On the race-simulation runs late in the session, when the teams run on heavy fuel to try out the car in the specification in which they will start the race, Williams appeared to be a match for Mercedes, with Red Bull and Ferrari closely matched a little behind them

And, just as in qualifying trim, Hamilton appeared at least a match for Rosberg, despite his truncated session

Argentina’s football president dies

Mr Grondona with President Fernandez de Kirchner 2009 after a government takeover of TV rights to soccer games

Julio Grondona, the Argentine Football Association (AFA) president, has died in Buenos Aires at the age of 82.

Mr Grondona had ruled the AFA for 32 years. Local media reported he had had a heart attack.

A powerful ally of Sepp Blatter, the president of the world football governing body Fifa, Mr Grondona was also a senior Fifa vice president.

During his leadership of AFA, Argentina won the World Cup in 1986 but lost in the final in 1990 and 2014.

In his time in office, Mr Grondona dealt with Argentine presidents of all political hues, including military rulers.

Influential on the national political scene, he held onto power when their governments had collapsed or changed hands.

Known in Argentina as “the Godfather” he had been accused of not doing enough to tackle the “Barra Bravas” – violent organised football hooligans – in Argentine football.

He had argued that the problem was a reflection of the growing violence on the streets of the country.

He was heavily criticised by retired Argentine football star Diego Maradona, who blamed Mr Grondona for the many problems of the national game.

Mr Grondona hired Maradona as the national coach and then dismissed him after Argentina lost in the quarter-final of the 2010 World Cup.

During the 2014 tournament, Maradona responded to being called a “bad luck charm” by Mr Grondona by making an obscene gesture on live TV.

When Fifa became engulfed in corruption allegations in 2011, Mr Grondona railed against the British press, which had published several investigations, calling them and the English “pirates”.

He had been on Fifa’s executive committee since 1988 and had chaired the influential finance committee.

Mr Grondona had said he expected to step down from the AFA in 2015 – but he had also often said the only way he would leave was in a coffin.

India serial killer to be executed

Koli was found guilty of kidnapping, murder and attempted rape in multiple cases

An Indian man sentenced to death for murdering a girl in a case dubbed “the house of horrors” will be executed next week, officials say.

In 2009, Surinder Koli and his businessman employer Moninder Singh Pandher were convicted of murdering 14-year-old Rimpa Haldar. Pandher was later freed by a higher court.

They were held in 2007 after body parts were found near their home near Delhi.

The crime shocked the country, with many accusing the police of negligence

Police say at least 19 young women and children were raped, killed and dismembered in a house where Koli worked as a servant for the owner in the suburb of Noida near Delhi.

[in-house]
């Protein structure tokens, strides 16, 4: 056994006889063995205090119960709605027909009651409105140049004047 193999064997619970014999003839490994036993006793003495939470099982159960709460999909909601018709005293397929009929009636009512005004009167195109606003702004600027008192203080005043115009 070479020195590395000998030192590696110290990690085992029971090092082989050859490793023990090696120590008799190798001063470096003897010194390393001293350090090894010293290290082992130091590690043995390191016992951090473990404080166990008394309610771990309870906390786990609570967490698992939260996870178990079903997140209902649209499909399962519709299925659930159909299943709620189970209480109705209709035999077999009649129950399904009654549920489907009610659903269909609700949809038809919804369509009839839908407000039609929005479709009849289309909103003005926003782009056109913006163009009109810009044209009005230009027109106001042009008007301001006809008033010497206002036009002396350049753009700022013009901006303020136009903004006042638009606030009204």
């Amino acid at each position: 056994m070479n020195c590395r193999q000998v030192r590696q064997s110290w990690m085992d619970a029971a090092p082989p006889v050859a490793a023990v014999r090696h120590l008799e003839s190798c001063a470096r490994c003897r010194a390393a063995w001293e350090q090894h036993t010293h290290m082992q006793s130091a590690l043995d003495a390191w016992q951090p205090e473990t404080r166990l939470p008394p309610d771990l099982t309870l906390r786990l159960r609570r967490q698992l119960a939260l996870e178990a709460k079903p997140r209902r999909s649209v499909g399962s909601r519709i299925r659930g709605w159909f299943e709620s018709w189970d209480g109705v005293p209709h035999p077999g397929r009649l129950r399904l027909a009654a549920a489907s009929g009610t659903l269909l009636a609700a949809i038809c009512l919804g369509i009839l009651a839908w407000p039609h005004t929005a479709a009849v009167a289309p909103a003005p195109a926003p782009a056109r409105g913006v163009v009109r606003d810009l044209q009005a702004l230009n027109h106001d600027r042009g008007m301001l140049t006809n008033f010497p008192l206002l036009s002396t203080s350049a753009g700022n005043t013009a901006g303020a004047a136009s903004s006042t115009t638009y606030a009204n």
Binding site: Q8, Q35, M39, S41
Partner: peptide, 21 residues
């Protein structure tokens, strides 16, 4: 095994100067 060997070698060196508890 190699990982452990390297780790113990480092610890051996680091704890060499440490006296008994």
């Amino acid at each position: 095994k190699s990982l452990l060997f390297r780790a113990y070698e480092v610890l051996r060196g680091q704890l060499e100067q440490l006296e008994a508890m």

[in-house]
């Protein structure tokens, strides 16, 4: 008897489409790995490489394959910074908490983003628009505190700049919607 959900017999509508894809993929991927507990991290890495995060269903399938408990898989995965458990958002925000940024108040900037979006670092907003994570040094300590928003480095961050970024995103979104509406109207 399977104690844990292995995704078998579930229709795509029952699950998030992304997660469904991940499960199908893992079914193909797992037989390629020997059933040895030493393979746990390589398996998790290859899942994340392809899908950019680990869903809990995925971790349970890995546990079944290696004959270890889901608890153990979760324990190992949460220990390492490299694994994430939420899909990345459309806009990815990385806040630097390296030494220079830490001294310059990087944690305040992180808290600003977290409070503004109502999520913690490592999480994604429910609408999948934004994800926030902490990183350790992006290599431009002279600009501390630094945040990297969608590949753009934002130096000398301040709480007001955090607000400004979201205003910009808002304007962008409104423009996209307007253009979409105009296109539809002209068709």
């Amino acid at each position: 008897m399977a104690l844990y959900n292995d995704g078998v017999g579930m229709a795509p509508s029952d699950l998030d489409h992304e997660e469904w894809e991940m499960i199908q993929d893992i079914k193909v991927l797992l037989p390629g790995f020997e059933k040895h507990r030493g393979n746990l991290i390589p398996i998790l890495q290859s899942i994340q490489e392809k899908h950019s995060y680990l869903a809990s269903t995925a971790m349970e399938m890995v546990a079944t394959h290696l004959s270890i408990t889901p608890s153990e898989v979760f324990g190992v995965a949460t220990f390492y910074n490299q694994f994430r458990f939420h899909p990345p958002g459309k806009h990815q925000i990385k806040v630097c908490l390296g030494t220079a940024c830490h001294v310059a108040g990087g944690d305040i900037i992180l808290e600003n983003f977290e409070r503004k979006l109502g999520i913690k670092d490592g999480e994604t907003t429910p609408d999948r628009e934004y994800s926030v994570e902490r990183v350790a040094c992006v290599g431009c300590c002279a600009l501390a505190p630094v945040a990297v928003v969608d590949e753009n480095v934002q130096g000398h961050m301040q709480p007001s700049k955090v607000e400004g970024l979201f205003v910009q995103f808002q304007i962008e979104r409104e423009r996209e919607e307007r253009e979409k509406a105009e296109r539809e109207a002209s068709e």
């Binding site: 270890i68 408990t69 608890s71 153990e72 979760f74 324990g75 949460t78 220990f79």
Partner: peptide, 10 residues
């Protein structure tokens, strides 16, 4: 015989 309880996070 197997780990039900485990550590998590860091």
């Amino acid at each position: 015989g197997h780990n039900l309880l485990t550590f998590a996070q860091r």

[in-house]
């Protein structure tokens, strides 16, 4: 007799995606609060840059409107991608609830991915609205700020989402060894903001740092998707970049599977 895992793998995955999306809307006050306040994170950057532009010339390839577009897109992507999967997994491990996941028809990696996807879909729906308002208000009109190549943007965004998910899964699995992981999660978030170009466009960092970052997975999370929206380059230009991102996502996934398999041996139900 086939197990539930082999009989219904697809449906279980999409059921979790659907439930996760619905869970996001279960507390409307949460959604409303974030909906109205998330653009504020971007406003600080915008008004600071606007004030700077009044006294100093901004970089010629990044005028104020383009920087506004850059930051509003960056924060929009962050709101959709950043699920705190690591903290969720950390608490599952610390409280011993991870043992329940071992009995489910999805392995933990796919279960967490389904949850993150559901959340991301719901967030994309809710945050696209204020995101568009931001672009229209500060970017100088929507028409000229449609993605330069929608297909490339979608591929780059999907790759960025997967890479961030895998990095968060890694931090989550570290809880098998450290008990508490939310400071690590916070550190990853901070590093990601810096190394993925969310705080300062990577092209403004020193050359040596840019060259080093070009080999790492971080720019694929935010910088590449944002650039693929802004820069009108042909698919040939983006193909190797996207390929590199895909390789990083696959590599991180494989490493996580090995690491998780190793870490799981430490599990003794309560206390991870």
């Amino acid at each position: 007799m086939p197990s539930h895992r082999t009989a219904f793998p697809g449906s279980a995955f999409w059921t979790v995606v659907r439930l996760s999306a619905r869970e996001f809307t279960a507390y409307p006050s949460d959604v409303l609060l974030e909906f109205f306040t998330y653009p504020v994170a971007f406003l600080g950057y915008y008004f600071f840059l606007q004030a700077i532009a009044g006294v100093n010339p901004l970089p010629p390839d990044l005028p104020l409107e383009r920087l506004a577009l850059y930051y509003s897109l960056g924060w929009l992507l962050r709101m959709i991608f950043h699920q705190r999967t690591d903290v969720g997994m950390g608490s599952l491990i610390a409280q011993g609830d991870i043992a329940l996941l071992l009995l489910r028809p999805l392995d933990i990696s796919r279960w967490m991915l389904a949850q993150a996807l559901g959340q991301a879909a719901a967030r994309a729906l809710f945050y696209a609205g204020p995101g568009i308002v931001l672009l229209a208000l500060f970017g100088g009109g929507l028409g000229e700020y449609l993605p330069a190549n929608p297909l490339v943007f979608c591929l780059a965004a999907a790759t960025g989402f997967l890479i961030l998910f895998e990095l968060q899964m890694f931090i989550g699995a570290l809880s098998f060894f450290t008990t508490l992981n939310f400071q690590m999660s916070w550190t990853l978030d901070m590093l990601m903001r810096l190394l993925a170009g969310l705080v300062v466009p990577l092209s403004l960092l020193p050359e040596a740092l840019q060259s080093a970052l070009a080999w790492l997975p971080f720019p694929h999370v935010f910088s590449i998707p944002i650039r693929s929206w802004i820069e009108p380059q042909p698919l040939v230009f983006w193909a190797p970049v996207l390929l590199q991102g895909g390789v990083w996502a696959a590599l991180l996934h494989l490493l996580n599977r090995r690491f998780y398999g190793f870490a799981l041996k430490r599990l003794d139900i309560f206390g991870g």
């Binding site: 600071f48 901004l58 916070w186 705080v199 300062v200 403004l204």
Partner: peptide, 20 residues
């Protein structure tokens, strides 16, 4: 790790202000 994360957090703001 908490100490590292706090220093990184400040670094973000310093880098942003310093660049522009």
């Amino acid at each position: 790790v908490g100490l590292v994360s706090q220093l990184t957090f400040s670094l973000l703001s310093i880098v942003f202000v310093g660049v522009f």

The children, remains of whom were found hidden in bags, were allegedly lured to their deaths by Koli, who offered them sweets and chocolate. He confessed in court to cannibalism and necrophilia.

Koli has been found guilty of kidnapping, murder and attempted rape in at least five cases involving children.

Local residents said that police failed to act because many of those reported missing came from poor families.

A court said the crime called for the death sentence as it was the rarest of rare cases.

The hanging [of Surinder Koli] will be carried out on 12 September all the rules and procedures will be followed, SHM Rizvi, chief of the main prison in Meerut in Uttar Pradesh state, was quoted as telling reporters by the Press Trust of India news agency

Executions are rarely carried out, but in the last two years there have been two hangings in India.

Mohammed Ajmal Qasab, the sole surviving attacker from the 2008 Mumbai attacks, was executed in November 2012 in a prison in the western city of Pune.

And in February 2013, a Kashmiri man, Afzal Guru, was hanged in Delhi’s Tihar jail for the 2001 attack on India’s parliament.

Singer accuser drops legal action

Egan (right) had accused Singer (left) of abusing him in Hawaii

A man who claims he was sexually abused by Bryan Singer has dropped his legal action against the X-Men film-maker.

A judge in Honolulu granted Michael Egan III’s petition to have the case dismissed without prejudice, allowing him to refile at a later date.

Singer’s request to have the case dismissed with prejudice and to make Egan pay his legal costs was rejected.

“We’re pleased that it’s over,” said Singer’s lawyer Marty Singer, who is not related to the US director.

“Although we would have liked the case dismissed on merits, the fact that now it’s dropped… is satisfactory.”

Egan, a former child model who is now 31, has accused the 48-year-old director of abusing him in Hawaii when Egan was 17.

Egan previously filed three similar legal actions against other Hollywood figures, all of which were later dismissed.

US district judge Susan Oki Mollway ruled that “any alleged damage to [Singer’s] reputation may well be ameliorated by plaintiff’s voluntary dismissal of the action”.